The effects of sugar can take your body down a vicious cycle known as metabolic syndrome. UC Davis’ Kimber Stanhope altered the diets of a group of volunteers for her study. Instead of her subjects eating food like rice, pasta or bread, she had them consume a sugary beverage. The effects on the body started … Read moreWhat Does Sugar Actually Do To Your Body?
Gluten develops in dough when two wheat proteins found in flour (glutenin and gliadin) are mixed with water. Because parts of these proteins don’t like to interact with water, the proteins begin to stick to each other much in the same way oil droplets come together when suspended in water. As a flour-water dough is … Read moreThe gluten network in a bagel vs. a pie
Researchers at UCSF have pulled aside the curtain on a protein informally known as the “wasabi receptor,” revealing at near-atomic resolution structures that could be targeted with anti-inflammatory pain drugs. The newly visualized protein resides in the cellular membrane of sensory nerve cells. It detects certain chemical agents originating outside our bodies — pungent irritants … Read moreSushi Meets Science: The Wasabi Receptor
Every living thing has its own natural responses to stress. When critical nutrients are in short supply, our bodies, for example, find ways to maintain normal function until those nutrients are replenished. Plants do the same. In drought conditions, natural processes kick in to keep them alive until they can be watered again. When faced … Read moreHow One Scientist Is Helping Plants Survive California’s Worst Drought
UCLA’s Liz Roth-Johnson explains why carrots have more sugar when it’s cold outside. Because plants are immobile, they must develop defense techniques against predators and the severe cold in winter. For example, carrots have developed the physiological response of increasing their sugar content when it’s cold outside. This helps stop ice crystal formations and prevents … Read moreWhy carrots taste sweeter in winter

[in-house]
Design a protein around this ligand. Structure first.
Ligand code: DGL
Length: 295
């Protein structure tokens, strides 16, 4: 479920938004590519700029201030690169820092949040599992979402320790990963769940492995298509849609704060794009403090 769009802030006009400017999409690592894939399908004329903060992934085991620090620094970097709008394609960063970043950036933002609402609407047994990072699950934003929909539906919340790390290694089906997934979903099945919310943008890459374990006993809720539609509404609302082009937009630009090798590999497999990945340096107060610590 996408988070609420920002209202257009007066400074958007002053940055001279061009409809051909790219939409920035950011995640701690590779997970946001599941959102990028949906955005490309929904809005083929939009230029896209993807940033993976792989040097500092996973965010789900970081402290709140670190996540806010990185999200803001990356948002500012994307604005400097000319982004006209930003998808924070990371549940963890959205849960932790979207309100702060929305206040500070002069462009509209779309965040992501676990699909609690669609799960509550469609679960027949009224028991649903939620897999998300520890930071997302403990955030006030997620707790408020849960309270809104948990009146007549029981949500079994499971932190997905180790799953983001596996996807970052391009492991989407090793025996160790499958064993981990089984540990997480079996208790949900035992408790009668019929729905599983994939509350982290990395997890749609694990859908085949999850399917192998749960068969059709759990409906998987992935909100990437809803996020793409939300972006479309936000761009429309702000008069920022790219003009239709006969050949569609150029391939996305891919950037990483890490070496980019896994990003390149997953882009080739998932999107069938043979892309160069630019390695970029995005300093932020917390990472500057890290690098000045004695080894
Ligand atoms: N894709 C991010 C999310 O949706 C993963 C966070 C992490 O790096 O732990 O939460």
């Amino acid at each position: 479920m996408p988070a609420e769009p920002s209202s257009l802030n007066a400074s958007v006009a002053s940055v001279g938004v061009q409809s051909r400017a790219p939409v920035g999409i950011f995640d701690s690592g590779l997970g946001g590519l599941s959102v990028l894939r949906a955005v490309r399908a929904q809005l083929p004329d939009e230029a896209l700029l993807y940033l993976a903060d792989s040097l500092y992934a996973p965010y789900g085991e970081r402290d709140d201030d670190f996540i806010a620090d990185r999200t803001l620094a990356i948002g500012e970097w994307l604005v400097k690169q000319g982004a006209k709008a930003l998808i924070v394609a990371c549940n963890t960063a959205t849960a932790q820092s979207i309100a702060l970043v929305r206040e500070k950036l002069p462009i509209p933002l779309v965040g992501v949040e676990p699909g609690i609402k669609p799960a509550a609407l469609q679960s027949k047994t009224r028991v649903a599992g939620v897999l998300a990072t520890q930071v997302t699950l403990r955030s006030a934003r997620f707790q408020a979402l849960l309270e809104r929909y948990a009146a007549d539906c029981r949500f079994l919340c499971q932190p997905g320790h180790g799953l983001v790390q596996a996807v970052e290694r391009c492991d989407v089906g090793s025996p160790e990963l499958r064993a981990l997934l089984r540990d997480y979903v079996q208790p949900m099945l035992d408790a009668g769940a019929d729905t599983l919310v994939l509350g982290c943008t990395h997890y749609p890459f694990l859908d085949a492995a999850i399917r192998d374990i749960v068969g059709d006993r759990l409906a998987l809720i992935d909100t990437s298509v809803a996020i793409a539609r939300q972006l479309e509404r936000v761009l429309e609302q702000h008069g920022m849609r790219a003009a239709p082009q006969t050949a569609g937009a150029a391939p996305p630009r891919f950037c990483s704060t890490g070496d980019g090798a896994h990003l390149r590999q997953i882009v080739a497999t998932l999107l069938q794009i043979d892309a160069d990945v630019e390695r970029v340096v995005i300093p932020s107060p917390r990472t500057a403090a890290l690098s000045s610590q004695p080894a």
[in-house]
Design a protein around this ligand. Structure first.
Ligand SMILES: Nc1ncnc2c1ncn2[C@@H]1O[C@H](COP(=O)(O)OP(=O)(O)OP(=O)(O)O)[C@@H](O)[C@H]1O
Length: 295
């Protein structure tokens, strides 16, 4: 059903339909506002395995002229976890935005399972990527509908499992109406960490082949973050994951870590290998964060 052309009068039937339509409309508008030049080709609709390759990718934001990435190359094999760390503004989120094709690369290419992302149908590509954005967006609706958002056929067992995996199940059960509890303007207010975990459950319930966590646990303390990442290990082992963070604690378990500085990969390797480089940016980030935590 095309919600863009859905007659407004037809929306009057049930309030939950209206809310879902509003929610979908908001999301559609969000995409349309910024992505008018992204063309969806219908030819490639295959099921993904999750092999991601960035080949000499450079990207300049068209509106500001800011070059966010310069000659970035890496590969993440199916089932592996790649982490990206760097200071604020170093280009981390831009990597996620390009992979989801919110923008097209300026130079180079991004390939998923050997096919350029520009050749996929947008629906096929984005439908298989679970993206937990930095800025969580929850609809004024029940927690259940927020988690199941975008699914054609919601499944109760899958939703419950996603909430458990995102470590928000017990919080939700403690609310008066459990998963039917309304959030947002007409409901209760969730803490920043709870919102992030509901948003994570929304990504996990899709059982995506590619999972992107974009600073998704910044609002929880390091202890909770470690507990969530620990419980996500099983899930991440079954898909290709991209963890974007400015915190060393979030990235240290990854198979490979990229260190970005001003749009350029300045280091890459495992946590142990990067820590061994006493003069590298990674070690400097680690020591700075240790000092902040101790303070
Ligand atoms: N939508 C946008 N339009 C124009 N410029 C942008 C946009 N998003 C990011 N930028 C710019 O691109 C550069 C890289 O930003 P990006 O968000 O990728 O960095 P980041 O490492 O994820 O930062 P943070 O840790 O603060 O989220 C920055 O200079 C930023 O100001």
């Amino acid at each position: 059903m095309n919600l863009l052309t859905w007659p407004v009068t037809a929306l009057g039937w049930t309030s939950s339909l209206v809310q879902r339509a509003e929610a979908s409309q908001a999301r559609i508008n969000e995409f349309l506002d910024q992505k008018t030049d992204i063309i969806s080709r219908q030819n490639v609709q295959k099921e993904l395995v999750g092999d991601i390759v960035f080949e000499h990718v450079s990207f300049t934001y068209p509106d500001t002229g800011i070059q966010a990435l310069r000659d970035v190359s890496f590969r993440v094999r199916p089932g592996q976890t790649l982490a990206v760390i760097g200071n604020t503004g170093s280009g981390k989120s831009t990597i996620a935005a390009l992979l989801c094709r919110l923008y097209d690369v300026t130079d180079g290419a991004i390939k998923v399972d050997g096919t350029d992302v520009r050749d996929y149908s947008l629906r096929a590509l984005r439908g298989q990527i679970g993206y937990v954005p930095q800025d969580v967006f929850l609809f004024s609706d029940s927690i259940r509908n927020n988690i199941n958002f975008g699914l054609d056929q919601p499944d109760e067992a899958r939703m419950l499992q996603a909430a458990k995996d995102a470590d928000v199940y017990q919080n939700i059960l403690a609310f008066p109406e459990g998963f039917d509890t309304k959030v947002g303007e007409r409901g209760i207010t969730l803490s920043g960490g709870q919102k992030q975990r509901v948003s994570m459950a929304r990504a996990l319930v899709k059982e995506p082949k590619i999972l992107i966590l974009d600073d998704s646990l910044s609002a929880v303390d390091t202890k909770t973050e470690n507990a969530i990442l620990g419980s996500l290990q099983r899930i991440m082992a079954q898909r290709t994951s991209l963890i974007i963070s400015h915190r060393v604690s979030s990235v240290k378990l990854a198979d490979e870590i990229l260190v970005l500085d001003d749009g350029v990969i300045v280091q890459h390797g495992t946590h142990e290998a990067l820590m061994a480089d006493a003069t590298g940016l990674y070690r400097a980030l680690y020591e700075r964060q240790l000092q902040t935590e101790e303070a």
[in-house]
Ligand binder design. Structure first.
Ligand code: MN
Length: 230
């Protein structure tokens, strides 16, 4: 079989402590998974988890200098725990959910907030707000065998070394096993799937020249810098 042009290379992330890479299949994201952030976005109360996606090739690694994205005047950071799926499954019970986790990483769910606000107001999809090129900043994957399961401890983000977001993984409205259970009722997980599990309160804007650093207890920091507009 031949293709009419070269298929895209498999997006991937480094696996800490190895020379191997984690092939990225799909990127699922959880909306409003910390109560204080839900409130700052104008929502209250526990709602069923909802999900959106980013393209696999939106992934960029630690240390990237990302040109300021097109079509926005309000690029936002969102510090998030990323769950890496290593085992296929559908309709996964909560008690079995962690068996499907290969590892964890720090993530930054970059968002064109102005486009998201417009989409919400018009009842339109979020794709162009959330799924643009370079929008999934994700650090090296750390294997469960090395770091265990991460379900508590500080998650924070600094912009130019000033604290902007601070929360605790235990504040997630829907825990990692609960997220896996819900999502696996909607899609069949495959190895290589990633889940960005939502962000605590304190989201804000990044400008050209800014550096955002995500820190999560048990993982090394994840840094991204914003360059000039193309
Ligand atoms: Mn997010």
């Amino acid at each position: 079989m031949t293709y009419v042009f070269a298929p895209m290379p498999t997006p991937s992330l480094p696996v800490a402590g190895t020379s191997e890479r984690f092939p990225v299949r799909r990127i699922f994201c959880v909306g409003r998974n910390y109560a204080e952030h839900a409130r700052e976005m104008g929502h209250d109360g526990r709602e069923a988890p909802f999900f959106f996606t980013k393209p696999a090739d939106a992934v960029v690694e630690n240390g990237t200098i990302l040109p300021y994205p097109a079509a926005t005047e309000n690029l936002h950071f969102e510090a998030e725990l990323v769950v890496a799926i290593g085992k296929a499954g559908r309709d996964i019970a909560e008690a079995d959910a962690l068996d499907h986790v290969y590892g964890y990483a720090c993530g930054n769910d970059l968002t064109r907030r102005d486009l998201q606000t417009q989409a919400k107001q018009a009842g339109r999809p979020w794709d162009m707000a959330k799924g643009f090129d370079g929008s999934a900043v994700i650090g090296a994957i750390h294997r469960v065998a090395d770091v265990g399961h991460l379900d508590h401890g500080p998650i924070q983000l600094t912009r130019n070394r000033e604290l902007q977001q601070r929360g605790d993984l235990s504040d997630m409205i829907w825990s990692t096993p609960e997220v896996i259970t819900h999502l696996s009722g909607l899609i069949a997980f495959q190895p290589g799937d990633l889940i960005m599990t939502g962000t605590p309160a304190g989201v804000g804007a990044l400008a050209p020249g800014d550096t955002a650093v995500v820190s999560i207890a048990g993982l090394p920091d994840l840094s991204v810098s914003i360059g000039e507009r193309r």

Liquid sugar, such as in sodas, energy drinks and sports drinks, is the leading single source of added sugar in the American diet, representing 36% of the added sugar we consume. Research suggests that our bodies process liquid sugar differently than sugar in foods, especially those containing fiber. Scientists argue that when you eat an apple (for … Read moreFruit and Liquid Sugar
Caffeine is the energy boost of choice for millions who consume it to wake up or stay up. Now, UC Irvine neurobiologist Michael Yassa has found another use for the stimulant: memory enhancer. Michael Yassa, assistant professor of neurobiology & behavior, and his team of scientists found that caffeine has a positive effect on long-term … Read moreCaffeine helps your memory
Sugar. Everyone loves a sweet treat, but sugar has found its way into savory foods like pasta sauce and bread. On average, Americans eat nearly 66 pounds of added sugar per person per year. It’s easy to exceed the daily recommended sugar intake when a 12 oz soda has about 11 teaspoons of added sugar. But what … Read moreIs Sugar in Fruit Different Than Sugar in Soda?
One of the staples of the holiday season is pie and while you may have Grandma’s recipe for the perfect crust, do you really know what goes on at a molecular level? UCLA biophysicist Amy Rowat shares some of the scientific aspects of apple pie and explains how you can apply these insights in the … Read moreMake The Best Pie Ever Using Science
It sounds like science fiction, but it seems that bacteria within us — which outnumber our own cells about 100-fold — may very well be affecting both our cravings and moods to get us to eat what they want, and often are driving us toward obesity. In an article published this week in the journal … Read moreDo gut bacteria rule our minds?